Unified Modeling Language (UML) was introduced to create a standardized way of visualizing a software system design. It was developed by Grady Booch, Ivar Jacobson, and James Rumbah at Rational Software in the mid-nineties. It was adopted as a standard by the Object Management Group in 1997, and also by the International Organization for Standardization (ISO) as an approved ISO standard in 2005.

The UML standard actually provides many different kinds of diagrams for describing a software system - both structure and behavior:

  • Class Diagram A class diagram visualizes the structure of the classes in the software, and the relationships between these classes.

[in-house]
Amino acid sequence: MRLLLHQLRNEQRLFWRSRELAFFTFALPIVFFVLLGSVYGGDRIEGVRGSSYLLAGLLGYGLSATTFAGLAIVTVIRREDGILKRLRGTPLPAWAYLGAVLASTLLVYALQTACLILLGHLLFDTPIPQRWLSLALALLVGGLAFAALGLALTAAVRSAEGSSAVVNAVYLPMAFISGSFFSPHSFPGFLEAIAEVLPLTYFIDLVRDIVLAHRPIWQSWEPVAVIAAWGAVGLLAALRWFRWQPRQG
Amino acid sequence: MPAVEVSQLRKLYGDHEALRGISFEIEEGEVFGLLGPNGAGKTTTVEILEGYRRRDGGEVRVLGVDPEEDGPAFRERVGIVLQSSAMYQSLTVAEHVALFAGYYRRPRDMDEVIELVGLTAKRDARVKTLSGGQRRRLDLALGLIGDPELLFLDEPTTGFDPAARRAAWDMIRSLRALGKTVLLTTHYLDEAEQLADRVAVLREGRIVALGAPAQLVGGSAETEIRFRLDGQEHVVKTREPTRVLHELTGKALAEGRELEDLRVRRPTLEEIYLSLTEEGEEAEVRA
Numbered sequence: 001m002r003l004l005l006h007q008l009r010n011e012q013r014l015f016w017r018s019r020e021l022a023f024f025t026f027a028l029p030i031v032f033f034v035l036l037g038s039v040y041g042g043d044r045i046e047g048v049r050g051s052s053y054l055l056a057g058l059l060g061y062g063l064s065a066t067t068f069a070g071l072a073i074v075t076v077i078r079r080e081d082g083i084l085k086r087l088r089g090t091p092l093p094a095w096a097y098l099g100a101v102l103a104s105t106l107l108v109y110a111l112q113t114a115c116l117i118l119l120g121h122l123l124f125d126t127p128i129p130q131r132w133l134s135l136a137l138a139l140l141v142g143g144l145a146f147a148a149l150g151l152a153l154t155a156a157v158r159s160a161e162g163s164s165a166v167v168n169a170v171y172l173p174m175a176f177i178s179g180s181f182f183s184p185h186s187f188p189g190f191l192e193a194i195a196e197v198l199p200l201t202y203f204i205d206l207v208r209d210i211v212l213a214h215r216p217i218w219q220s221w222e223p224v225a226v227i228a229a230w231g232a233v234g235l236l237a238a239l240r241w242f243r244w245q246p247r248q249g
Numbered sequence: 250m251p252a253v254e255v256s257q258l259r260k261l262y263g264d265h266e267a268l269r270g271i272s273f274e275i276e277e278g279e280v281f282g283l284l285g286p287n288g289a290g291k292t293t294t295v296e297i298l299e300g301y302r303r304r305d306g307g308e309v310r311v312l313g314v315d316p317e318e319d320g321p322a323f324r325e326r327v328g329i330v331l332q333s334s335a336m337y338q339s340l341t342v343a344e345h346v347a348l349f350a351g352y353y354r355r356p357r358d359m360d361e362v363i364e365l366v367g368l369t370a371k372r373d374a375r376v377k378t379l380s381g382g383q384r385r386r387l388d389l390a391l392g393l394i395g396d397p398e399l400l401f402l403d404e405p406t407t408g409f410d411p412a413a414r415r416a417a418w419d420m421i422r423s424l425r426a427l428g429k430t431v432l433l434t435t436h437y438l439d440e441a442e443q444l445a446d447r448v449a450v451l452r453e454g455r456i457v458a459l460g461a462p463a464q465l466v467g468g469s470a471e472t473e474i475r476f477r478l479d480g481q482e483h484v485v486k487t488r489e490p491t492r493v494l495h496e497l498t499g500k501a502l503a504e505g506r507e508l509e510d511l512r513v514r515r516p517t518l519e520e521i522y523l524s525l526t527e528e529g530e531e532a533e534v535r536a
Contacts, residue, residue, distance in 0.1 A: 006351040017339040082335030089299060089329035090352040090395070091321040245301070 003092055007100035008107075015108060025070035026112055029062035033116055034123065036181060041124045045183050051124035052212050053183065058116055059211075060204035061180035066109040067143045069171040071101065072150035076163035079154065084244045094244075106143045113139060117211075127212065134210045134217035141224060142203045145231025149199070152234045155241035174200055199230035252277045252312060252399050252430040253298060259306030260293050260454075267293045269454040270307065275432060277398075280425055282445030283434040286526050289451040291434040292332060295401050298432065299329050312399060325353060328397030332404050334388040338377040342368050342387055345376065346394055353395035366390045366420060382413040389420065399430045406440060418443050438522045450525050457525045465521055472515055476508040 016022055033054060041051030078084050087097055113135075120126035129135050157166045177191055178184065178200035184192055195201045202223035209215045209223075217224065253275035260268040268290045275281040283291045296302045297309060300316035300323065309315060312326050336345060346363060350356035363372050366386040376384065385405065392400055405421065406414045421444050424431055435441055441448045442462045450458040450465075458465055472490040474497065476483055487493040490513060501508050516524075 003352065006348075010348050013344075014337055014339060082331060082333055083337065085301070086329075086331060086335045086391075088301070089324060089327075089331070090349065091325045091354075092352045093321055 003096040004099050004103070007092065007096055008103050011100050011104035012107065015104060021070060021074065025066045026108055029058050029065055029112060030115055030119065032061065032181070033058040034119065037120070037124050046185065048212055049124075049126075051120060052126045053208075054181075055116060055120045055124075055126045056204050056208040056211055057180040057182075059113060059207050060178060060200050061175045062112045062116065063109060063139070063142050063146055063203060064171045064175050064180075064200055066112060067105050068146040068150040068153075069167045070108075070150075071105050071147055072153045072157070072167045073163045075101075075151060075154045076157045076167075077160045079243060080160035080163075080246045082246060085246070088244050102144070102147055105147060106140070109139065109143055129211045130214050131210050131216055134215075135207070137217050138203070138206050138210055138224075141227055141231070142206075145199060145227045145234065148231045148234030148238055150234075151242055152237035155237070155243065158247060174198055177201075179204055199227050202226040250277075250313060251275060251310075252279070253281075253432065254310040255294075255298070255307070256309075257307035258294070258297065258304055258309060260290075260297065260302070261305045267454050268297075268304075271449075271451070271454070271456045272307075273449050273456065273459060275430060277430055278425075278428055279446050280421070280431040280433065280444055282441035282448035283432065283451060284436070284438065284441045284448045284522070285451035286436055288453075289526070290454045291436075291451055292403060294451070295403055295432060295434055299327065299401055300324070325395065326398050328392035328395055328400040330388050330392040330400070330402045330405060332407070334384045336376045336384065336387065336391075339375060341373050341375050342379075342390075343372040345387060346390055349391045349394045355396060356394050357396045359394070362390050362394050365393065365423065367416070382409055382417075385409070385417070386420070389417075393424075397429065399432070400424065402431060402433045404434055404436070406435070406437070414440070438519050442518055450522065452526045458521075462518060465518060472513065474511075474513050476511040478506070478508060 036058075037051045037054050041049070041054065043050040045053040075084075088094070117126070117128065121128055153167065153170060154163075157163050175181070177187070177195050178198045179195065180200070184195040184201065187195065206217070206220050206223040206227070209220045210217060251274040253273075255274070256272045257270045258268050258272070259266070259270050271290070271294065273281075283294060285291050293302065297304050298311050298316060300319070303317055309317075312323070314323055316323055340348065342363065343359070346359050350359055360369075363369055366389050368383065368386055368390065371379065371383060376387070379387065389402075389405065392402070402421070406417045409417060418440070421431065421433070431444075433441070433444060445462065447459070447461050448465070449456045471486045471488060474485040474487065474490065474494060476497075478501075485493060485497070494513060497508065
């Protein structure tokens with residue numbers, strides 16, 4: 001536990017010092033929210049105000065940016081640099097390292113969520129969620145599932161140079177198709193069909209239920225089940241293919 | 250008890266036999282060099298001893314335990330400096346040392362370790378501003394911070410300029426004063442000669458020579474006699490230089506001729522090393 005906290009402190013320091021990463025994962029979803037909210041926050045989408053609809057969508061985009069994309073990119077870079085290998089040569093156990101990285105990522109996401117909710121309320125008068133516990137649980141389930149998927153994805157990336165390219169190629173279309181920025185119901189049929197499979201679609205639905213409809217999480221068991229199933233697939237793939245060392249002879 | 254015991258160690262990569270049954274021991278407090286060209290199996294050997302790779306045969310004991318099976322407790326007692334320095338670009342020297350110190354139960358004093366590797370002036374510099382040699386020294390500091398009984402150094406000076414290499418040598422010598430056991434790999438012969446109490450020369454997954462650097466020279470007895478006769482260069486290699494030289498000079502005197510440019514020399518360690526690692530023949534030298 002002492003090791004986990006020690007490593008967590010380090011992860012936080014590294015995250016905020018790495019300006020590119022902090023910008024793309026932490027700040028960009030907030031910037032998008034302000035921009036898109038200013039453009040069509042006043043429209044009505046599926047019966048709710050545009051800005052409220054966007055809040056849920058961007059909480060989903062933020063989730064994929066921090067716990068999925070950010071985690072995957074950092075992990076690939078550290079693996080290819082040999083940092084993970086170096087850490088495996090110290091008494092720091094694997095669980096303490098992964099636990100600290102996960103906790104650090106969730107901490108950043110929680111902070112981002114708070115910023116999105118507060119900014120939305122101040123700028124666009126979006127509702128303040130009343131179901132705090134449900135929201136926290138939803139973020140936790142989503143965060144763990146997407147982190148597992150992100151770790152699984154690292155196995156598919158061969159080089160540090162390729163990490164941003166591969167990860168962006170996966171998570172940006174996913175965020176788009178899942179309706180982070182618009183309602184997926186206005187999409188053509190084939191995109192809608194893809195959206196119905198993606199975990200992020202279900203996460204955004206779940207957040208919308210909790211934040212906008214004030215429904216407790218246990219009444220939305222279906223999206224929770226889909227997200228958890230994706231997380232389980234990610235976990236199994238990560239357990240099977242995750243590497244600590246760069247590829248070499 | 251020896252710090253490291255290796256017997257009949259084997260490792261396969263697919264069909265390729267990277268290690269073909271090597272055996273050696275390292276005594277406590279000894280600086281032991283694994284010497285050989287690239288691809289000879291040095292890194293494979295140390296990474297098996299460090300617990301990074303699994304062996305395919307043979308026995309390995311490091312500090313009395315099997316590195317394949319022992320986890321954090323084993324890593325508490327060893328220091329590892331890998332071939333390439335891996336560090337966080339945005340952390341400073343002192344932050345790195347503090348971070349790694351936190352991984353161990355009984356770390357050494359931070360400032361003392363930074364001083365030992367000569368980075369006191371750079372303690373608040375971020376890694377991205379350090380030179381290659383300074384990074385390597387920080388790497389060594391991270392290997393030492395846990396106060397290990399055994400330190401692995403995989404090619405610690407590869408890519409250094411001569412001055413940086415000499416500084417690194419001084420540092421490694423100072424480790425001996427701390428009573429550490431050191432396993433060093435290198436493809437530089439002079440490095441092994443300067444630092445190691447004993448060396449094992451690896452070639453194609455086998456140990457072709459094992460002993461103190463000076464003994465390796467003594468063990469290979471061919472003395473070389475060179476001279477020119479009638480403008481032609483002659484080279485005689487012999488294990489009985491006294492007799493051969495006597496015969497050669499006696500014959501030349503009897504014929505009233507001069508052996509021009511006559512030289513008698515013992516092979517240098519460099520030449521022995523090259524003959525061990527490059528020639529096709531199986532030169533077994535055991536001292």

• Component Diagram A component diagram visualizes how the software system is broken into components, and how communication between those components is achieved.
  • Activity Diagram An activity diagram represents workflows in a step-by-step process for actions. It is used to model data flow in a software system.
  • Use-Case Diagram A use-case diagram identifies the kinds of users a software system will have, and how they work with the software.
  • Sequence Diagram A sequence diagram shows object interactions arranged in chronological sequences.
  • Communication Diagram A communication diagram models the interactions between objects in terms of sequences of messages.

The full UML specification is 754 pages long, so there is a lot of information packed into it. For the purposes of this class, we’re focusing on a single kind of diagram - the class diagram.